Vṛtra - Research Article from Encyclopedia of Religion

This encyclopedia article consists of approximately 5 pages of information about Vṛtra.
This section contains 1,061 words
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VṚTRA, whose name is probably derived from the Sanskrit verbal root vṛ, meaning "hold back, restrain, envelop," is a serpent slain by Indra in the Ṛgveda. This act, which is Indra's most famous, most impoṛtant, and most frequently mentioned achievement, is the subject of several complete Ṛgvedic hymns (notably Ṛgveda 1.32 and 10.124). Vṛtra had coiled around a mountain, preventing the waters from flowing down; Indra pierced him with his thunderbolt and released the waters. This act has many symbolic resonances: slaying the dragon, releasing the waters or rains, bringing the ambrosial soma down from heaven or the mountains (an act that Indra is elsewhere said to accomplish by stealing it, on the back of an eagle), conquering the enemies of the invading Indo-Aryans (for Vṛtra is called a dāsa, or "slave," the name given to the...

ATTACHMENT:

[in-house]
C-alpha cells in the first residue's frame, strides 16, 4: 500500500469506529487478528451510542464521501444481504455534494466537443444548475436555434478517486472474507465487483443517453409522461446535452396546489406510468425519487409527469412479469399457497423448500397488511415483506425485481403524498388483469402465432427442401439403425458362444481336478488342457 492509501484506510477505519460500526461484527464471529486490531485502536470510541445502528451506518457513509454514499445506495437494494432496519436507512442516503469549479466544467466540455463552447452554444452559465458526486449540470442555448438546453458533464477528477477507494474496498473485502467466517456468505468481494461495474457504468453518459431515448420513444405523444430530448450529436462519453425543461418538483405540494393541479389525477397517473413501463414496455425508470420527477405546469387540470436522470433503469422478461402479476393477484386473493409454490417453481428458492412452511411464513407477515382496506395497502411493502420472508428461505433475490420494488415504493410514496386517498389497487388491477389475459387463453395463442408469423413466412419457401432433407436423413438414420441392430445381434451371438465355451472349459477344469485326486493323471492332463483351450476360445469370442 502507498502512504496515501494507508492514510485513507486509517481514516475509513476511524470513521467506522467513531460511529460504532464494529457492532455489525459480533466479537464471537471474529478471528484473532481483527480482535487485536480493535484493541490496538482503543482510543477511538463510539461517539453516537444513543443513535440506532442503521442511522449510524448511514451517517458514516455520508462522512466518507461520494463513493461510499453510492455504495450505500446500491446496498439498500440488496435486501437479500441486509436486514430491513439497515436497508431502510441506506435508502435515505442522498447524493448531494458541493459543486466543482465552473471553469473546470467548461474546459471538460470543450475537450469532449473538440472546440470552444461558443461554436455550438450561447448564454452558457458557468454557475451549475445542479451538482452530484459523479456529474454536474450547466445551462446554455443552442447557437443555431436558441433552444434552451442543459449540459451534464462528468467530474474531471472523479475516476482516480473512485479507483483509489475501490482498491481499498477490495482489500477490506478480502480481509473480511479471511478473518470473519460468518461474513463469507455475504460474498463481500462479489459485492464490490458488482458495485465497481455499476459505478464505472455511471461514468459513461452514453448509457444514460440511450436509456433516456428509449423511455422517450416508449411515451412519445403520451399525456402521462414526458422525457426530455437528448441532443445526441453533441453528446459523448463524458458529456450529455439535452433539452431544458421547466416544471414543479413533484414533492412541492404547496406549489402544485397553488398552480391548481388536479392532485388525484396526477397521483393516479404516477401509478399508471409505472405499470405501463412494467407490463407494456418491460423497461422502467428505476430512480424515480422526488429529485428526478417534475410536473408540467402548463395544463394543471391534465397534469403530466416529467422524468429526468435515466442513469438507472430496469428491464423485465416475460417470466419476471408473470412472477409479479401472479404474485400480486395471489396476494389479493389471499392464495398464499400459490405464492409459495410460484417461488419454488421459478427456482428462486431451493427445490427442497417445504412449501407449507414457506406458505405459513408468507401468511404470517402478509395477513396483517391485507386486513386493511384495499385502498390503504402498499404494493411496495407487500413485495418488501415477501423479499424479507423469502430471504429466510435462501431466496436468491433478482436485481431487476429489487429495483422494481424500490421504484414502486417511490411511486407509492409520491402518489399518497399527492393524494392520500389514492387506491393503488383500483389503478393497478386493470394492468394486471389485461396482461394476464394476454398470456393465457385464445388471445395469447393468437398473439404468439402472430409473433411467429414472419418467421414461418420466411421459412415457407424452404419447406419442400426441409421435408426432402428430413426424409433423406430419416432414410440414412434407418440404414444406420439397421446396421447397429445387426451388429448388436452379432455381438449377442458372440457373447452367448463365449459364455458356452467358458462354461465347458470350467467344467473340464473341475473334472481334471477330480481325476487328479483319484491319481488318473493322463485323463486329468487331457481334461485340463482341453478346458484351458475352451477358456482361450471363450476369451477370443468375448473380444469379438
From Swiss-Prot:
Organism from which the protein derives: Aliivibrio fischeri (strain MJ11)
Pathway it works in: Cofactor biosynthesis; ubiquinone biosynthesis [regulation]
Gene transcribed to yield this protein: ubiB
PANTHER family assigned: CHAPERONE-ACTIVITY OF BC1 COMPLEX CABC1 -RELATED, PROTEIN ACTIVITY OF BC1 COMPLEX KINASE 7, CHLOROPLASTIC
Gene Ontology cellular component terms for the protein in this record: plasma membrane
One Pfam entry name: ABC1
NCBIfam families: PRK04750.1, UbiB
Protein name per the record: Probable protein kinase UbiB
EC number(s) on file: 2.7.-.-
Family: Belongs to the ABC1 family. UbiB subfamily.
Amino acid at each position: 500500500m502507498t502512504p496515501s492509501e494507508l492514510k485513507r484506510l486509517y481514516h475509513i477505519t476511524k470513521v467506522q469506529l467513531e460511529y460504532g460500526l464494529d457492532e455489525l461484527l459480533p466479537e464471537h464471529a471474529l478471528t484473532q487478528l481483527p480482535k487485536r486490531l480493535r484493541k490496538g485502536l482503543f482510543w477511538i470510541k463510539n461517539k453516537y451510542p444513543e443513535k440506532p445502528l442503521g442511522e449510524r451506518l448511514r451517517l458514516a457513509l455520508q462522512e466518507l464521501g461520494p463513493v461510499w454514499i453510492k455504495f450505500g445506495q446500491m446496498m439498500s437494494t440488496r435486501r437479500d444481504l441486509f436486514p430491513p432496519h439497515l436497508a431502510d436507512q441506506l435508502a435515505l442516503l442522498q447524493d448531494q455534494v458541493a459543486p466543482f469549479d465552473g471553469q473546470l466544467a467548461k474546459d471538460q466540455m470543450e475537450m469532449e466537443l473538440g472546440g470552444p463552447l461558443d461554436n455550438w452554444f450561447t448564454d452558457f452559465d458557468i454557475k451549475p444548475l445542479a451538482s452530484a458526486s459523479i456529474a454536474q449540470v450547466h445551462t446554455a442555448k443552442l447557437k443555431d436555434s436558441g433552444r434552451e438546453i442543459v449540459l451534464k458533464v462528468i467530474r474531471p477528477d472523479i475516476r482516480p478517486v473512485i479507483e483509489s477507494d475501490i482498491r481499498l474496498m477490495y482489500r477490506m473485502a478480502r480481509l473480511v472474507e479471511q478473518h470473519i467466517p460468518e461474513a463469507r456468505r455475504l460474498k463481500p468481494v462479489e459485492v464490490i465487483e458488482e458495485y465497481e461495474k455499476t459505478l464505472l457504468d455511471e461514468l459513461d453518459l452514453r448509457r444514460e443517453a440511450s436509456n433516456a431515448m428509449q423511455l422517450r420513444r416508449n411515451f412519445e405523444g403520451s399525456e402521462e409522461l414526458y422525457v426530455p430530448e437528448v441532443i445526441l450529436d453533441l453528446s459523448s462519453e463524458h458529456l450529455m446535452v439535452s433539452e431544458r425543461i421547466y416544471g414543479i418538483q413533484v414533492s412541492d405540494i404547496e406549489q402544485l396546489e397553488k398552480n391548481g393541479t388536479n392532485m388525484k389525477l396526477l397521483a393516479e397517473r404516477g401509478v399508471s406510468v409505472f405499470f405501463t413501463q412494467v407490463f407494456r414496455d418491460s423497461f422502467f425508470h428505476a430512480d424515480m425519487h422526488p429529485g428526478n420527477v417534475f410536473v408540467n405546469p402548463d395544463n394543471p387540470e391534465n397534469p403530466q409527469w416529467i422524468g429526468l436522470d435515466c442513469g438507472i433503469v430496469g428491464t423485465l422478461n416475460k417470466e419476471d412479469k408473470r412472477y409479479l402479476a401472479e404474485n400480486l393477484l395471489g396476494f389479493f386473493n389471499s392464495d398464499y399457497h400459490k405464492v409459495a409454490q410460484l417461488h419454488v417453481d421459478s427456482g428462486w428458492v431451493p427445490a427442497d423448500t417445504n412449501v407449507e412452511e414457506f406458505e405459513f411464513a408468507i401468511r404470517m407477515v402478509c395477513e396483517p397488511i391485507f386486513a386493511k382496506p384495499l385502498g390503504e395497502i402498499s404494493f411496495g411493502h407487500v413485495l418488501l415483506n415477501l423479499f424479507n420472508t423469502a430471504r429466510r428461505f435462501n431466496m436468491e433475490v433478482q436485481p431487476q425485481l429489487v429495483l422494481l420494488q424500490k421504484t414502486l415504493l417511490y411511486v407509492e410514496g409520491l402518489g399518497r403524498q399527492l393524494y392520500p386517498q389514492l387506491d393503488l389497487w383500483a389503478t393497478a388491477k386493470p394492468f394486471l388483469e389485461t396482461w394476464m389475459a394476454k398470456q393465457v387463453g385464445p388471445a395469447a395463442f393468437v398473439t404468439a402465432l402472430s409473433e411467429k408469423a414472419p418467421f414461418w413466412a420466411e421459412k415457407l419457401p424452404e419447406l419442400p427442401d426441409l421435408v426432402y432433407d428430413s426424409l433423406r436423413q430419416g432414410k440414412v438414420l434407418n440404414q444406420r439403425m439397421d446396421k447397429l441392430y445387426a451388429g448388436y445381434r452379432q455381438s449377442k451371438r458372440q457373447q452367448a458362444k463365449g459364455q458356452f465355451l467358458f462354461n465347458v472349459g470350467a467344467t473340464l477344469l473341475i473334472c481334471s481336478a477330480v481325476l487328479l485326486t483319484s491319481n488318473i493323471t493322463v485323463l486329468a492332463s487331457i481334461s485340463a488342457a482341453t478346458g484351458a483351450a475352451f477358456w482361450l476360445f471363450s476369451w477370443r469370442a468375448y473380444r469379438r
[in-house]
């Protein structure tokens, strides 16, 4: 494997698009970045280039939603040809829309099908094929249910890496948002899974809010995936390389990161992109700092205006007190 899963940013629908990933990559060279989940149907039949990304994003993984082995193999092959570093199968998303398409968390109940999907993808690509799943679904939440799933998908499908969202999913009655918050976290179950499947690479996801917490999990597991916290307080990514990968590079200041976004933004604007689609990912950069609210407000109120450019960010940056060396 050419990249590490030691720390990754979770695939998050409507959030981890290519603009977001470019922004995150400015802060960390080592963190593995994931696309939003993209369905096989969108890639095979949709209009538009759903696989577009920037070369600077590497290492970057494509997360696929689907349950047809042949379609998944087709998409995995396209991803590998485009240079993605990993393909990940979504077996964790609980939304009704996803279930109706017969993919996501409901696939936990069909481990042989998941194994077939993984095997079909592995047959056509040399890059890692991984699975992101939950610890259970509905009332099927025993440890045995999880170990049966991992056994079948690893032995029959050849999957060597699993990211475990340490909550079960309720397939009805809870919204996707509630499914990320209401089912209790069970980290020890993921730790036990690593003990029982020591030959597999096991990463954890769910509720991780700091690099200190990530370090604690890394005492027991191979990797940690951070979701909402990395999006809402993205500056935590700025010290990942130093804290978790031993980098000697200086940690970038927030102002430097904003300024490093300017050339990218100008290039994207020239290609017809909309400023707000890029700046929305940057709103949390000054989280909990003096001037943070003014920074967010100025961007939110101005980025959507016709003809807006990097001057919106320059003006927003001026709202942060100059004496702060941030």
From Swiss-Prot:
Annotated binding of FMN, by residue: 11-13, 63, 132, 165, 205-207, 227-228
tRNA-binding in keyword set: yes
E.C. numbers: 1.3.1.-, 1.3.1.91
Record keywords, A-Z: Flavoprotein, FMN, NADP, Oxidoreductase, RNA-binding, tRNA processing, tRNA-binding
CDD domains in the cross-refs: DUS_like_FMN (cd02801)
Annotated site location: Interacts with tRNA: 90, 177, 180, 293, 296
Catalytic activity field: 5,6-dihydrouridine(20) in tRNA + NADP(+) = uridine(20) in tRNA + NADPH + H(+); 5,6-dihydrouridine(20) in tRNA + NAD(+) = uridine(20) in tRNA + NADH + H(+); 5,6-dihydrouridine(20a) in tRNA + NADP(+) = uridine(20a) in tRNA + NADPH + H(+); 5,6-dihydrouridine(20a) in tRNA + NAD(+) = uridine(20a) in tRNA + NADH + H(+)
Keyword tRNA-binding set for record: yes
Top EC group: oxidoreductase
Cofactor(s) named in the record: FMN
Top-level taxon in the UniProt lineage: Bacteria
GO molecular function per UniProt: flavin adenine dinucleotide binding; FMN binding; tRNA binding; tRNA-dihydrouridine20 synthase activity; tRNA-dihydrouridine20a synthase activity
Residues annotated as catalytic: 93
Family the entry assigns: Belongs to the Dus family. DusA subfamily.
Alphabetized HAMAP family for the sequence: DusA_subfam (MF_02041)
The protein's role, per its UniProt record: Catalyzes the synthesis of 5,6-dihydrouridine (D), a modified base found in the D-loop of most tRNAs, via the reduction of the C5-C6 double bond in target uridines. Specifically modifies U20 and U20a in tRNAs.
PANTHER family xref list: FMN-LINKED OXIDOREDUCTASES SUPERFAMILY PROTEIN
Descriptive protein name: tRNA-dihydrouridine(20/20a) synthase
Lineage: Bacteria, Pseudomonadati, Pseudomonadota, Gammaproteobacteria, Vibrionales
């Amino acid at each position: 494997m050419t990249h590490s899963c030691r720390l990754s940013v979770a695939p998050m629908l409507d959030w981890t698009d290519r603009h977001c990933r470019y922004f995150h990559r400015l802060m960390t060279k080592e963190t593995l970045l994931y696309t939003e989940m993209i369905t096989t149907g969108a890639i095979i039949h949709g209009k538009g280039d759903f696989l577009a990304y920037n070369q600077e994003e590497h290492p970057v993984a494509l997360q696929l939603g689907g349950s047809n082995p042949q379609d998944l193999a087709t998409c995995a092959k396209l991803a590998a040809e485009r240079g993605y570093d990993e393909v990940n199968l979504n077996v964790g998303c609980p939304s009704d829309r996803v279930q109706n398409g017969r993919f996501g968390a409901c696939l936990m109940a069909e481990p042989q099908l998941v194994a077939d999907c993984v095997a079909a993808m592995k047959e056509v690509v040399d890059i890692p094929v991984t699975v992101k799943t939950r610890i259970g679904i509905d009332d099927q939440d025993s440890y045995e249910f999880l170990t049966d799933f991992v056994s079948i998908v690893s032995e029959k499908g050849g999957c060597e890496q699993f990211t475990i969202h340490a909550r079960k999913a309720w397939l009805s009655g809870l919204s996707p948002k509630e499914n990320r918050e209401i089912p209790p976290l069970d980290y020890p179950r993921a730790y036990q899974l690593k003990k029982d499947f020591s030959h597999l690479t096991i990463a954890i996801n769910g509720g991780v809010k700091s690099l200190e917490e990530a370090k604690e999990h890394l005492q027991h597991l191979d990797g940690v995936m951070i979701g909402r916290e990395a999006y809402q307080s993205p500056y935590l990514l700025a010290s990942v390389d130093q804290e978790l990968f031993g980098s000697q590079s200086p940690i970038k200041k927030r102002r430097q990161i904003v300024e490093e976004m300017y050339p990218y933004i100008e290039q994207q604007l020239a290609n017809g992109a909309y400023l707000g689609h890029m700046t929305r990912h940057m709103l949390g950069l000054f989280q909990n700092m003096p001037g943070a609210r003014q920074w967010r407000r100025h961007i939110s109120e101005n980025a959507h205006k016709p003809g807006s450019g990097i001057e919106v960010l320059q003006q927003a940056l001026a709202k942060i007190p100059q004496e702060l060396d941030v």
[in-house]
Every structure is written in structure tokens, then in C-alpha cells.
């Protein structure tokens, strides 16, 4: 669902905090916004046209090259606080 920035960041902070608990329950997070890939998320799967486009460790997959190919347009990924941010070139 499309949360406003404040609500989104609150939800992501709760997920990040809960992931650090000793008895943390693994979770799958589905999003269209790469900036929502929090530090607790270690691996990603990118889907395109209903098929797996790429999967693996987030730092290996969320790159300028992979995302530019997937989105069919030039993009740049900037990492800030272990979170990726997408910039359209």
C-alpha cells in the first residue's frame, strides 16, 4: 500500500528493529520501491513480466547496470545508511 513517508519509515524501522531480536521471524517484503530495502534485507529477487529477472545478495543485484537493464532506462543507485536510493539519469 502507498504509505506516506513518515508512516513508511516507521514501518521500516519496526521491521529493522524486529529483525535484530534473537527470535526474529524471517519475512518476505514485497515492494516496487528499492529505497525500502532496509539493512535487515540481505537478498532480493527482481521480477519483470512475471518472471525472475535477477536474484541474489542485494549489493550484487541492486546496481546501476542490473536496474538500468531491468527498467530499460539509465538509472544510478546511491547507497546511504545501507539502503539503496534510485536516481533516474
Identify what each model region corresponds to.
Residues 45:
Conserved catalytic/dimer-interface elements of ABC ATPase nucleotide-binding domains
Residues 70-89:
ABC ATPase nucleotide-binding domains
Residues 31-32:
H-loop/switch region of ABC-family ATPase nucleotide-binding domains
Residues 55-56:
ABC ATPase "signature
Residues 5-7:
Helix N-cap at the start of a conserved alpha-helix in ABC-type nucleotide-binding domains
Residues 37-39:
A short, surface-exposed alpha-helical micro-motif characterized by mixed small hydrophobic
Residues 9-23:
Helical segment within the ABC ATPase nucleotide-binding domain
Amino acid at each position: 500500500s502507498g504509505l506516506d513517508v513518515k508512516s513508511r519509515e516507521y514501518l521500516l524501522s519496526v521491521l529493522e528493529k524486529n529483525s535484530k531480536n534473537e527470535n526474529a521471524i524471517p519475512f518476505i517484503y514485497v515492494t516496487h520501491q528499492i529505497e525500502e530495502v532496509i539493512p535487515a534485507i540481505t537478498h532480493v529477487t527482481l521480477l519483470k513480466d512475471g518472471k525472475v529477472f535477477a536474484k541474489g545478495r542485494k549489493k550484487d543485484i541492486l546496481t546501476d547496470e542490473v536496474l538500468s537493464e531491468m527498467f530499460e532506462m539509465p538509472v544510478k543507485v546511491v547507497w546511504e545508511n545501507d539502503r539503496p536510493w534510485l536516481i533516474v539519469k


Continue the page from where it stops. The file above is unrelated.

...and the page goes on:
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This section contains 1,061 words
(approx. 4 pages at 300 words per page)
Buy the Vtra Encyclopedia Article
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Macmillan
Vṛtra from Macmillan. Copyright © 2001-2006 by Macmillan Reference USA, an imprint of the Gale Group. All rights reserved.
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